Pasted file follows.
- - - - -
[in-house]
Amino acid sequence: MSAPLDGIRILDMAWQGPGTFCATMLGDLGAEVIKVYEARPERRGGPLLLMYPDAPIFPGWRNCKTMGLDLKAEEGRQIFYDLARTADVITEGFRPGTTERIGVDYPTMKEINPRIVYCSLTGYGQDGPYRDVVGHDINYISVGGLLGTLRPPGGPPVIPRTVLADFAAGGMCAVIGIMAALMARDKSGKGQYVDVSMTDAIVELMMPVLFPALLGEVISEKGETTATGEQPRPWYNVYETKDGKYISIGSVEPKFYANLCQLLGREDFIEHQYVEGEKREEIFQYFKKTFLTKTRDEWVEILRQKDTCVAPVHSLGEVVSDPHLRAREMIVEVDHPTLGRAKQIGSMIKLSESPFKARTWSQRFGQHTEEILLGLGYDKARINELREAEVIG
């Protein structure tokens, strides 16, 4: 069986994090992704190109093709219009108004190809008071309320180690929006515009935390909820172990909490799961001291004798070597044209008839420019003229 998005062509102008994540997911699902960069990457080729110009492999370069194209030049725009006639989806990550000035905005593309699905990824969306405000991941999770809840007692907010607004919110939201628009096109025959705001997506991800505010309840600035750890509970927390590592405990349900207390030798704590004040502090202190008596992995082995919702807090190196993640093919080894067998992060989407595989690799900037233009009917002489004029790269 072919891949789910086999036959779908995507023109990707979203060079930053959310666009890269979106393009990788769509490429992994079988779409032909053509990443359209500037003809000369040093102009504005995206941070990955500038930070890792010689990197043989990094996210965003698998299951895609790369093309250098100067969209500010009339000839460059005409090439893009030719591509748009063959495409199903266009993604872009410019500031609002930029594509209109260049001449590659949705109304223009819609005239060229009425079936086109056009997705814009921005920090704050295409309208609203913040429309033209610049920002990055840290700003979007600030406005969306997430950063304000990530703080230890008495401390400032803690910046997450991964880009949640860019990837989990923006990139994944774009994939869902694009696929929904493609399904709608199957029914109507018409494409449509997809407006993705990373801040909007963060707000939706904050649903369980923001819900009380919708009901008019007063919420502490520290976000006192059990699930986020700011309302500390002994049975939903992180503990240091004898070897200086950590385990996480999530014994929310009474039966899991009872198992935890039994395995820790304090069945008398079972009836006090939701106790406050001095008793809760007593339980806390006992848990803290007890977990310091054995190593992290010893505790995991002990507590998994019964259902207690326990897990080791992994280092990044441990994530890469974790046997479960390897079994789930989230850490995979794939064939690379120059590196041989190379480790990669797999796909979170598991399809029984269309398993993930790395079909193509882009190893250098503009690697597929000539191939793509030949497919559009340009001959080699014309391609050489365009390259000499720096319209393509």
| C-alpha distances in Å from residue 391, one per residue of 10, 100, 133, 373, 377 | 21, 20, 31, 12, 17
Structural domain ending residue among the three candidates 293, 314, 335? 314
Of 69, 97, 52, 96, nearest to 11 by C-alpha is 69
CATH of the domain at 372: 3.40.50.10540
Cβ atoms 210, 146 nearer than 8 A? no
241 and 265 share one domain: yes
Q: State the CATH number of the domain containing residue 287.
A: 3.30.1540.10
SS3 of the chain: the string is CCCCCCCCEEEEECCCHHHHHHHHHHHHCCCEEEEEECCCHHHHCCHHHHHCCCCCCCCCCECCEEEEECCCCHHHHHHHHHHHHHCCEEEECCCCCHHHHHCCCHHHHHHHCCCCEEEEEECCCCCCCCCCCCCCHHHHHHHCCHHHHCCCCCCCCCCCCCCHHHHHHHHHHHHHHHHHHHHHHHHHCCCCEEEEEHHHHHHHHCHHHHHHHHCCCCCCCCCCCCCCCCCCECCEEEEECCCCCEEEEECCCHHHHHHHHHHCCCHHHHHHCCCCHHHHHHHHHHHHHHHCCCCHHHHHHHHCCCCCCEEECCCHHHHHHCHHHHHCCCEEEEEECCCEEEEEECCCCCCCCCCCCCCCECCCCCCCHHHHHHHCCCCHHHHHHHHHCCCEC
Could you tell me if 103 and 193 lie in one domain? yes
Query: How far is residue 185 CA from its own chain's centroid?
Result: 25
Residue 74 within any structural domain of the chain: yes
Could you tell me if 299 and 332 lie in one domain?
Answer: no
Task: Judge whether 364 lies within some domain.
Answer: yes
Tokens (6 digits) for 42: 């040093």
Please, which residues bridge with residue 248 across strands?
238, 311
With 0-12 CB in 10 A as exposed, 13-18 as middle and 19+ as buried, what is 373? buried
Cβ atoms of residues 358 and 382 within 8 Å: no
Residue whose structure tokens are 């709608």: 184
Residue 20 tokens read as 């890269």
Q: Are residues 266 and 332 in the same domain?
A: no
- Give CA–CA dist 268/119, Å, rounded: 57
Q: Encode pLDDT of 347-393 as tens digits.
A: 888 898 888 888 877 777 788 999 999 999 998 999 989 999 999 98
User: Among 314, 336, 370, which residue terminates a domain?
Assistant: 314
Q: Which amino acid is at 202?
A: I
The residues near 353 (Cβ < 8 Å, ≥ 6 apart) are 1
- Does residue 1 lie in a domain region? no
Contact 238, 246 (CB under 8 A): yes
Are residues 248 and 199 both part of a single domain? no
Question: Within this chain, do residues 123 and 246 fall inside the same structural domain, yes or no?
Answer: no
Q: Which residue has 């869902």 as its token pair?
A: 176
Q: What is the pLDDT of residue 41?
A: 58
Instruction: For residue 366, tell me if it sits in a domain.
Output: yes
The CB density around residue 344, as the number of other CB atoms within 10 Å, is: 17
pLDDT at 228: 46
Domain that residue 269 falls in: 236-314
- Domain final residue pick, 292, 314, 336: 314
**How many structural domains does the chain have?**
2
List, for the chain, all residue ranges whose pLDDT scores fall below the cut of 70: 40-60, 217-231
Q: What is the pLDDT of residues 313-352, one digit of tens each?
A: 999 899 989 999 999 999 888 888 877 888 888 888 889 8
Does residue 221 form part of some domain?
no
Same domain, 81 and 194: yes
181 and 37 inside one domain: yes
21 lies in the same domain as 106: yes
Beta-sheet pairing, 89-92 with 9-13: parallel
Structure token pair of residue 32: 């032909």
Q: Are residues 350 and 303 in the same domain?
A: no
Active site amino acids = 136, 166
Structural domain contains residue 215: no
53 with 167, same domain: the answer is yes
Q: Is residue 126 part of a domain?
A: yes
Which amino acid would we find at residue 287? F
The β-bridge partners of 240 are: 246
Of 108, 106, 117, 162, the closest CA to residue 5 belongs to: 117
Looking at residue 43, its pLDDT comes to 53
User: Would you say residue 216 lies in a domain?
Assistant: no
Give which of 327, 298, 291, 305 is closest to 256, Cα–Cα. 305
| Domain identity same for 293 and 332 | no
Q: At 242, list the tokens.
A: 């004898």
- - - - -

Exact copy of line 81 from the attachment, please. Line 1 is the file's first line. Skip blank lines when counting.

A: 């004898």